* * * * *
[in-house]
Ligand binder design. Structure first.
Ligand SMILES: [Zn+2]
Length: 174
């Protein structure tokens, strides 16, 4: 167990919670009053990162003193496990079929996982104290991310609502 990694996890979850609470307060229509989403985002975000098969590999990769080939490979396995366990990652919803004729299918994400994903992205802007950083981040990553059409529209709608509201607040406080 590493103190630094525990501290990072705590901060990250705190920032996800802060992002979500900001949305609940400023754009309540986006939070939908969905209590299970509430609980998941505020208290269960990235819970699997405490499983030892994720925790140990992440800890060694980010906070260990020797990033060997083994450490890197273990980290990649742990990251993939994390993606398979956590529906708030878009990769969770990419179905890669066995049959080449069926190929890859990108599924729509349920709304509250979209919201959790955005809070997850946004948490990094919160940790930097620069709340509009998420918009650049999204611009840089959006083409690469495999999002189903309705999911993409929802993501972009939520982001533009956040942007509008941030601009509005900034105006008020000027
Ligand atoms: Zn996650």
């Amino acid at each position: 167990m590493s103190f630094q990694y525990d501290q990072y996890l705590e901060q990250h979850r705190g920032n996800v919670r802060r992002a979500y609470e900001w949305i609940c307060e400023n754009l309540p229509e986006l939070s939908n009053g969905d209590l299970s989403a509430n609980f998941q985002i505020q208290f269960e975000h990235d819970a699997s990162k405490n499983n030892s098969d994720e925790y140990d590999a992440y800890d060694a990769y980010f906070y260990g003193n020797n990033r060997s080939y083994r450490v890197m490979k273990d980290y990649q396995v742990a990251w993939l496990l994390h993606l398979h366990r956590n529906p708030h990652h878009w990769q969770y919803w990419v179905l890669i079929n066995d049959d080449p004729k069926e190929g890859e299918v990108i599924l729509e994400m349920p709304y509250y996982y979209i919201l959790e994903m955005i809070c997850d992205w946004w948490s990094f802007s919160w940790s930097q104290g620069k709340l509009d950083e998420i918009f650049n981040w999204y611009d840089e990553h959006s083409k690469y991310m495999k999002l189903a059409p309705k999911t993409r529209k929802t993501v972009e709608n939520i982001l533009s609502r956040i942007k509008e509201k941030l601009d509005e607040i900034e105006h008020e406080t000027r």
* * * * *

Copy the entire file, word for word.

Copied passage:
[in-house]
Ligand binder design. Structure first.
Ligand SMILES: [Zn+2]
Length: 174
């Protein structure tokens, strides 16, 4: 167990919670009053990162003193496990079929996982104290991310609502 990694996890979850609470307060229509989403985002975000098969590999990769080939490979396995366990990652919803004729299918994400994903992205802007950083981040990553059409529209709608509201607040406080 590493103190630094525990501290990072705590901060990250705190920032996800802060992002979500900001949305609940400023754009309540986006939070939908969905209590299970509430609980998941505020208290269960990235819970699997405490499983030892994720925790140990992440800890060694980010906070260990020797990033060997083994450490890197273990980290990649742990990251993939994390993606398979956590529906708030878009990769969770990419179905890669066995049959080449069926190929890859990108599924729509349920709304509250979209919201959790955005809070997850946004948490990094919160940790930097620069709340509009998420918009650049999204611009840089959006083409690469495999999002189903309705999911993409929802993501972009939520982001533009956040942007509008941030601009509005900034105006008020000027
Ligand atoms: Zn996650």
């Amino acid at each position: 167990m590493s103190f630094q990694y525990d501290q990072y996890l705590e901060q990250h979850r705190g920032n996800v919670r802060r992002a979500y609470e900001w949305i609940c307060e400023n754009l309540p229509e986006l939070s939908n009053g969905d209590l299970s989403a509430n609980f998941q985002i505020q208290f269960e975000h990235d819970a699997s990162k405490n499983n030892s098969d994720e925790y140990d590999a992440y800890d060694a990769y980010f906070y260990g003193n020797n990033r060997s080939y083994r450490v890197m490979k273990d980290y990649q396995v742990a990251w993939l496990l994390h993606l398979h366990r956590n529906p708030h990652h878009w990769q969770y919803w990419v179905l890669i079929n066995d049959d080449p004729k069926e190929g890859e299918v990108i599924l729509e994400m349920p709304y509250y996982y979209i919201l959790e994903m955005i809070c997850d992205w946004w948490s990094f802007s919160w940790s930097q104290g620069k709340l509009d950083e998420i918009f650049n981040w999204y611009d840089e990553h959006s083409k690469y991310m495999k999002l189903a059409p309705k999911t993409r529209k929802t993501v972009e709608n939520i982001l533009s609502r956040i942007k509008e509201k941030l601009d509005e607040i900034e105006h008020e406080t000027r």